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Burning Out

Published: 06 December 2021


It has been almost a full year since I last posted. I know that I do have these periods where I don't really feel like writing but this time, this isn't intentional.

A lot has happened since the start of the year but most of those events were very much work related. And they're very specific to what I used to do that I don't think I'm allowed to write about them. Sure, I could have figured out how to put those events in a way that won't get me in trouble but as more events came, the less time I had even trying to think about them.

I decided to leave Willis Towers Watson (WTW) mid-August. At least, that's when I passed my resignation. I actually left mid-October, though, because of contractual obligations. And now, I find myself in a BPO called Eastvantage where I started in November— after just a two week break— working for a company called Solutions30.

To be honest, I should have gone on vacation for at least a month before starting at my new job. I don't think that two week break was enough to give my body and mind a reset. But my decision to quickly transition from the old job to the next in such a short time was driven by this ongoing pandemic. There simply isn't anywhere to go to let a whole month quietly pass. And “home” has become a very unquiet place.

I'm burned out.

I came into my new job with a lot of optimism because, for one thing, we have zero reliance on Microsoft products— which was a big consideration when I resigned from WTW. At this new place, we're issued laptops that have Ubuntu pre-installed and while we do have a choice of what IDE to use, PyCharm on Ubuntu really works like a charm in the OS— unlike my experience with it on that Windows 10 system with higher specs.

We work primarily in Python. Although there's no Django in our ecosystem at the moment, we do use OpenERP/Odoo, FastAPI, and Tornado— all of which are Python frameworks/products. In terms of the technology, I can say that I'm transitioning well. In my first month, I've written a new service on Tornado, which I eventually had to rewrite as a FastAPI service; written a fix to some bug about task cancellations given certain conditions; and in the process, figured out things related to Docker, Kubernetes, and Swagger. But I am having trouble finding my rhythm when it comes to our development cycle and internal processes.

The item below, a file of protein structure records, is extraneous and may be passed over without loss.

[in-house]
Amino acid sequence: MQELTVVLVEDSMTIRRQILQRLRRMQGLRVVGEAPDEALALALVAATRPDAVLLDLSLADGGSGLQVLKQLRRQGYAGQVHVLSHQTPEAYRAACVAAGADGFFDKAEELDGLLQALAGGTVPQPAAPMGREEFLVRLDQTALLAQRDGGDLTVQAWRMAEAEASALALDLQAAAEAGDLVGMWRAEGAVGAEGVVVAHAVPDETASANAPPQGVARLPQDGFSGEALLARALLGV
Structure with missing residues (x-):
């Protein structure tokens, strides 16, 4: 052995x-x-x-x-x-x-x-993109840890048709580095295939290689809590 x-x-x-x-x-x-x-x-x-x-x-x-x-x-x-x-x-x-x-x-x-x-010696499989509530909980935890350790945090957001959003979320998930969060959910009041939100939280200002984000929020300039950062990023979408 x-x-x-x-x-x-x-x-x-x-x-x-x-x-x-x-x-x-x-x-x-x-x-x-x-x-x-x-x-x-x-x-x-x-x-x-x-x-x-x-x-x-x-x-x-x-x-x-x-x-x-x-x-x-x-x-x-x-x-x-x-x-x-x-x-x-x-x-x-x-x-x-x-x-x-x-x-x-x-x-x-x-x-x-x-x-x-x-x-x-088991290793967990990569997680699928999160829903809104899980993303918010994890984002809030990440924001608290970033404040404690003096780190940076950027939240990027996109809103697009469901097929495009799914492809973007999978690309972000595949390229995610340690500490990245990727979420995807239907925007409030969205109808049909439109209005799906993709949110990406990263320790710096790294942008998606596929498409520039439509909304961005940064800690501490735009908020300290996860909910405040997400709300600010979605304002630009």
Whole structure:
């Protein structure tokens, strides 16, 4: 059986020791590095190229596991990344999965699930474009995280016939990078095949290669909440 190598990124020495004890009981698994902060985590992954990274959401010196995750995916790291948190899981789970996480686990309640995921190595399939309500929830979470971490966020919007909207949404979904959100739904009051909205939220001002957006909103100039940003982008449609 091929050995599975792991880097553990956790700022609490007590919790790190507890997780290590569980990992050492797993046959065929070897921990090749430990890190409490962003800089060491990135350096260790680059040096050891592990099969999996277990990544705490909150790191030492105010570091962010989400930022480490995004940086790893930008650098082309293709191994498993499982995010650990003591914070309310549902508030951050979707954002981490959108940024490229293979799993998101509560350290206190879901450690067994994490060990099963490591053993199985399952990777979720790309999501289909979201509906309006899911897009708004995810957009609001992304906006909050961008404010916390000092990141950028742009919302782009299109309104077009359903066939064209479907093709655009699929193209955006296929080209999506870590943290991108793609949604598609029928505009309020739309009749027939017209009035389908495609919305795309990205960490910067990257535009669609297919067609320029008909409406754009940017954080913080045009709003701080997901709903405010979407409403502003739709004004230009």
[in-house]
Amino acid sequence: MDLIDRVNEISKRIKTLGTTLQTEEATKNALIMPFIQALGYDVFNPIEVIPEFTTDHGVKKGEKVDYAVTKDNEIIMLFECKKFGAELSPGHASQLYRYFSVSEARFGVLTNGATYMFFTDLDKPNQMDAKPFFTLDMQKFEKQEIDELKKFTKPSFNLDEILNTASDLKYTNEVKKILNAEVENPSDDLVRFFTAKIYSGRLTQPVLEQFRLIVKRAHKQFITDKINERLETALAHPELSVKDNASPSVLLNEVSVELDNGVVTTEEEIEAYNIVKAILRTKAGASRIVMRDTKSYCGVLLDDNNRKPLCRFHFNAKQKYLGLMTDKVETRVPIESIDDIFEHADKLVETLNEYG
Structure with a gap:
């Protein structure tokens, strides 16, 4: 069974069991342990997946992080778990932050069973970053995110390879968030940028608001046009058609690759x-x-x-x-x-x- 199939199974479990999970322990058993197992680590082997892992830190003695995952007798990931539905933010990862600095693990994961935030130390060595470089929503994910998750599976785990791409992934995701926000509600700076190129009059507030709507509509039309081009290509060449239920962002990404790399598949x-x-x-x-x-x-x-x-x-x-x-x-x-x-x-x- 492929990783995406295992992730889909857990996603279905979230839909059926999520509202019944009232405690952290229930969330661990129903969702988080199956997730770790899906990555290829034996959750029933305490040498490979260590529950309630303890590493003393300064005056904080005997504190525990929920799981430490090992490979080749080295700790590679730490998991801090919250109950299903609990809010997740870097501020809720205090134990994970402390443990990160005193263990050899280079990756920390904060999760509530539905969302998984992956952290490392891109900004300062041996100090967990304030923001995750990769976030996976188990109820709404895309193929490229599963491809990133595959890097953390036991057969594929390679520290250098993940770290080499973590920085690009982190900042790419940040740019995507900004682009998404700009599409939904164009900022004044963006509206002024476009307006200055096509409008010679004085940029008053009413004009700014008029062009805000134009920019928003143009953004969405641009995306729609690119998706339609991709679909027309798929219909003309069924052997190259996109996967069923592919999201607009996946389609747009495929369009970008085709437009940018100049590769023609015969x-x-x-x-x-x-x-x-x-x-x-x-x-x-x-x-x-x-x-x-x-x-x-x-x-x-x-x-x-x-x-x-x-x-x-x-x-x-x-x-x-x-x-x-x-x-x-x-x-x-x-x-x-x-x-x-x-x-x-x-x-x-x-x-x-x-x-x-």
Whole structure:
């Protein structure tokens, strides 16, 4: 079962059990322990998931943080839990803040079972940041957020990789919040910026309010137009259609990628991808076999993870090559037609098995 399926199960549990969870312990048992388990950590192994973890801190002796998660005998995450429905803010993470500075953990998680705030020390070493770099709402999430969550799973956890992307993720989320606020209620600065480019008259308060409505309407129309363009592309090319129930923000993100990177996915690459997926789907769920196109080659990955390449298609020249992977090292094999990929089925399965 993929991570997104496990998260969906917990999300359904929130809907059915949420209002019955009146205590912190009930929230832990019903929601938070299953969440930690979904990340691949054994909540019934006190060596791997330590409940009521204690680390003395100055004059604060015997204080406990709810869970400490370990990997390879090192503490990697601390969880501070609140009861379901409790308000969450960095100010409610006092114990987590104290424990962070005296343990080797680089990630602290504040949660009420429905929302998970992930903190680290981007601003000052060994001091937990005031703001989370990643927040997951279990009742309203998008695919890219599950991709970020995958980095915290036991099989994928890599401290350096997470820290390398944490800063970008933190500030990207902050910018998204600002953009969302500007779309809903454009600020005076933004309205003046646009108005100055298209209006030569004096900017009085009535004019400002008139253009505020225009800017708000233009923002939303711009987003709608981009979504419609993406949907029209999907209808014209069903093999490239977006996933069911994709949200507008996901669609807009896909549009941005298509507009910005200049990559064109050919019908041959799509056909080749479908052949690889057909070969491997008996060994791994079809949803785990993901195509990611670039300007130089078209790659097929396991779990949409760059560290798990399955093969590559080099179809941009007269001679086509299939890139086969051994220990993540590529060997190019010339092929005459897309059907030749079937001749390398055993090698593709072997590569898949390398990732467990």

And it's burning me out.

Unlike in WTW, we don't really have a buddy system for new hires, which I think is important. Writing code isn't really the challenge here but that's only one part of the job. Keeping track of jobs for yourself and for your team/squad is just as important. And that means moving tickets around Jira and updating Confluence entries, not to mention alerting the next person (whoever that is) that a new task is coming their way. I can't seem to get a handle of when these events are triggered; who the next person is; what the next event is.

I think, there is an assumption that those things ought to be intuitive especially for someone who's been around the software development sphere for some time. But it never is intuitive as experience would tell you that every company has its own process; and as you become accustomed to it, it can be difficult to get your mind into another process. And I guess that's especially true within companies who practice Agile as teams are free to create and tweak their own processes as they see fit.

To give a more concrete example: in two of the companies I worked in, we've always deleted our branches once they've been merged. In the first company, a small-ish one, branches are merged in UAT; and once the changes have been found to be good, UAT is merged into production. In the second company, a large-ish one, branches are merged into the unit/manual testing environment; if it passes there, changes are cherry-picked into the integration testing environment to see that they don't break anything; if it passes there, changes are again cherry-picked into UAT, then to production. Of course, the cherry-picks themselves need to be in a new branch for merging to the next environment and the new branch name will reflect the environment to which it's targetted.

So, in the second company, where there's a ticket called “TIK-123” development starts in a “TIK-123” branch. When it's ready for manual testing, a new branch called “TIK-123-testing” is created where changes from “TIK-123” are cherry-picked into it, and a merge request targetted at “testing” follows. And when the changes are finally production ready, a “TIK-123-production” branch is created and merged to “production”.

It goes without saying that in those two companies, production is always behind the lower environments and is always updated from the next lower environment (usually, UAT). No lower environment is ever updated from production.

It's different where I am now.

That's why it was a foreign concept to me when I was told that there's sort of a one branch per ticket policy; where if you start development on “TIK-123”, you have to use that same branch to see the changes through to staging, UAT, releases, and to production. No cherry-picking. No merging development to stating to UAT to production.

It's not my place to say whether it's a better branching/merging strategy or not. I'm just saying, because without the guidance of a buddy on this one process, things can get a bit tricky. And this is just one process. There are others.

I am always watching the quality of my work, which goes beyond just the programming. I want to integrate well with the people I work with, too. That means, I have to adhere to the current customs because that's what the people around me follow. But at the moment, I don't know what those customs are.

And I'm not getting enough sleep.